How It Works

I love movies, but I hate most movie reviews. I hate them for two reasons: First, they always begin with a 3-5 paragraph in-depth description of the film. I don't want to know the entire plot, I want to know if it's good! I may say generally what the movie involves but that's it. Second, most movie reviews are unclear. I've read countless reviews that left me with absolutely no indication as to whether or not I should even see the film. Not here. I developed three methods to rate television and movies:

1. Just your average 10 point scale.
10 is obviously the best and 1 is the worst. Although, Something Borrowed might make below a 1 if I ever get around to reviewing it. I consider myself quite harsh, so if you see anything above a 9, it's probably in my top ten of all time.

2. What's it Worth?
I will tell you if I think it's worth paying for and worth the 2 (and ever more increasingly 3) hours of your time. I also make an educated guess as to whether or not you can multitask during the film.

3. The (not-yet) Patented Clairometer
In honor of my college friend Claire, I developed this rating system in order to display how "appropriate" the film is. It is designed to tell you a more detailed rating system. I find this helpful. Sometimes you want to know ahead of time so you're not stuck watching Black Swan in an empty theater with your mom. The range between PG-13 and R is more vast than the plot holes in a Michael Bay movie. I hope to combat this. The scale shows photos and descriptions of a few well-known women in film and television. The rating is the farthest woman to the left of the scale who would approve of the film. For example, June Cleaver would not approve of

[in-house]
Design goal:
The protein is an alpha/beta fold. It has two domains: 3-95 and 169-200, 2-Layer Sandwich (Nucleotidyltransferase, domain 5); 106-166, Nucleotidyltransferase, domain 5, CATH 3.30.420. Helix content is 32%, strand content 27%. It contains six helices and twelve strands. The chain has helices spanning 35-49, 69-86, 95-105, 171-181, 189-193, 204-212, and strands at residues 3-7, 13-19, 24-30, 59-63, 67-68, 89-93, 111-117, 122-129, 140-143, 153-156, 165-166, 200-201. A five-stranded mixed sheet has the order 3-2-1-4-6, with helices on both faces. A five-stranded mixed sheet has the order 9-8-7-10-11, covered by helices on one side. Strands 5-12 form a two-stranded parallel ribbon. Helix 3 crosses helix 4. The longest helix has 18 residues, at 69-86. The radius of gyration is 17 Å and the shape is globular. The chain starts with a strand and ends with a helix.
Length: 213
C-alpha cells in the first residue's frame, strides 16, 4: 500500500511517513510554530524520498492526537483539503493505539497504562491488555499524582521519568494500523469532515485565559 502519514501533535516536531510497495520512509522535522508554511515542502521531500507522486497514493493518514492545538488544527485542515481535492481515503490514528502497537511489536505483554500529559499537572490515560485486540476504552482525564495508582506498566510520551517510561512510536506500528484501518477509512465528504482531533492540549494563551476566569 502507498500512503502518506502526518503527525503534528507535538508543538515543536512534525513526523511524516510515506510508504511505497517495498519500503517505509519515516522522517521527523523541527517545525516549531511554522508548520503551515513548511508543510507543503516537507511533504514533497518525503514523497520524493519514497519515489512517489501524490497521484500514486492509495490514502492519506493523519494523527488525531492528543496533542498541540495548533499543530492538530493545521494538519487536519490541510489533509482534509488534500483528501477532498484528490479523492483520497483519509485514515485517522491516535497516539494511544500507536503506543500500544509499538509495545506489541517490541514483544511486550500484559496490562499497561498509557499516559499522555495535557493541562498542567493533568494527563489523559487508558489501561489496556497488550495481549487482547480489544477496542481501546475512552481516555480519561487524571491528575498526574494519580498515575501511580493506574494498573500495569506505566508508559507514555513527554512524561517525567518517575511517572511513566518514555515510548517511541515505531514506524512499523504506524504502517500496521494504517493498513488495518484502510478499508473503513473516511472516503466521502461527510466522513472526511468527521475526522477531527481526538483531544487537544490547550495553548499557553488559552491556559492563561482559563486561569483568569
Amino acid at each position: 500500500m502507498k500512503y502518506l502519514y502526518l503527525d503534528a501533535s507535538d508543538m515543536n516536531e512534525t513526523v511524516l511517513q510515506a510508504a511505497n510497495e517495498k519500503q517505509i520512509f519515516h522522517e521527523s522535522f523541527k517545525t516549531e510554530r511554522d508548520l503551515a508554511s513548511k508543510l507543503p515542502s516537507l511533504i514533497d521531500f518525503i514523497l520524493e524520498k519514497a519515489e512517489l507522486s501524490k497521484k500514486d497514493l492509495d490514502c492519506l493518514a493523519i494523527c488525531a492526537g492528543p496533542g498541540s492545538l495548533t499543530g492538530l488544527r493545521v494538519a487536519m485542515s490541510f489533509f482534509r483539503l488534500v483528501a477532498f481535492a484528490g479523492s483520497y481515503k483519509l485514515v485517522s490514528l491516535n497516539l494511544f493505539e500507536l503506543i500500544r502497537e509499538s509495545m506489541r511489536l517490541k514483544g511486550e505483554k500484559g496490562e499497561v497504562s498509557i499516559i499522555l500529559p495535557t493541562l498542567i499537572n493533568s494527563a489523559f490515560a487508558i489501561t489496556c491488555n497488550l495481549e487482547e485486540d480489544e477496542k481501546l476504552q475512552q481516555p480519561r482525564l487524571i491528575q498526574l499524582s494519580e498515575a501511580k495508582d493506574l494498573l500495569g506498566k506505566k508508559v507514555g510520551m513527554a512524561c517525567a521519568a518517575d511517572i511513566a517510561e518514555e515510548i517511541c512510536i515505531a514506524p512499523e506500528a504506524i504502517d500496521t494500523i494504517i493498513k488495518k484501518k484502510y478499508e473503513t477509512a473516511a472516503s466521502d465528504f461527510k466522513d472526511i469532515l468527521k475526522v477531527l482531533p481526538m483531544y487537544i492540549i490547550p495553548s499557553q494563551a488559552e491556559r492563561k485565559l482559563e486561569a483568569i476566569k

Tequila Sunrise. The woman who would is probably Mathilda.

THE CLAIROMETER:

Clairometer

Clairometer

conclusion

With this blog, I write as though someone will read it and enjoy what I have to say. I am under no false pretense that I have a wide readership. It is mostly for me and for the one other person who accidentally stumbled across this blog. If that is you, I'm glad you are here. With this blog, I send my thoughts about what I watch on a black box into the abyss of the world wide web. I hope you enjoy reading these thoughts as much as I enjoy writing them.

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Monday, July 14, 2014

This Frances Ha is very aware of itself

Frances Ha (2012)
Written by: Noah Baumach & Greta Gerwig
Directed by: Noah Baumach
Starring: Greta Gerwig, Mickey Sumner

My Rating: 7.8
Worth: 2 hours multitasking, cost of rental
Clairometer: Erin Brockovich





Andy: What do you do?
Frances: It's Complicated. 
Andy: Is it because what you do is complicated?
Frances: No. It's because I don't do it. 

If you've ever said, "well that was a little too 'indie'" after watching a movie, avoid Frances Ha. For example, it is in black and white, for no explained reason, cigarettes are practically a main character in the first half of the film, and it's filled with lines like "I internet-acquired three pair of very rare  Ray Bans; I'm doing awesome." However, if you can weed through the urban-outfitters wardrobe and Girls'-minus-the-nudity vibe, Frances Ha is a very good film.

"Sophie, I f*&cking held your head when you cried, I bought special milk for you, I know where you hide your pills, don't treat me like a three hour brunch friend!" - Frances

This is a love story of two best friends, Sophie and Frances. They lived together in college, then got a small apartment in New York together after graduation. But as life often does, it separated them. Frances must learn to grow up and live without Sophie by her side. Frances' dependence on Sophie is not a matter of finances or because Frances has trouble being alone. Sophie gives her a confidence to be herself that no one else can. Frances Ha is a grown up  Frozen, with less singing and more dancing.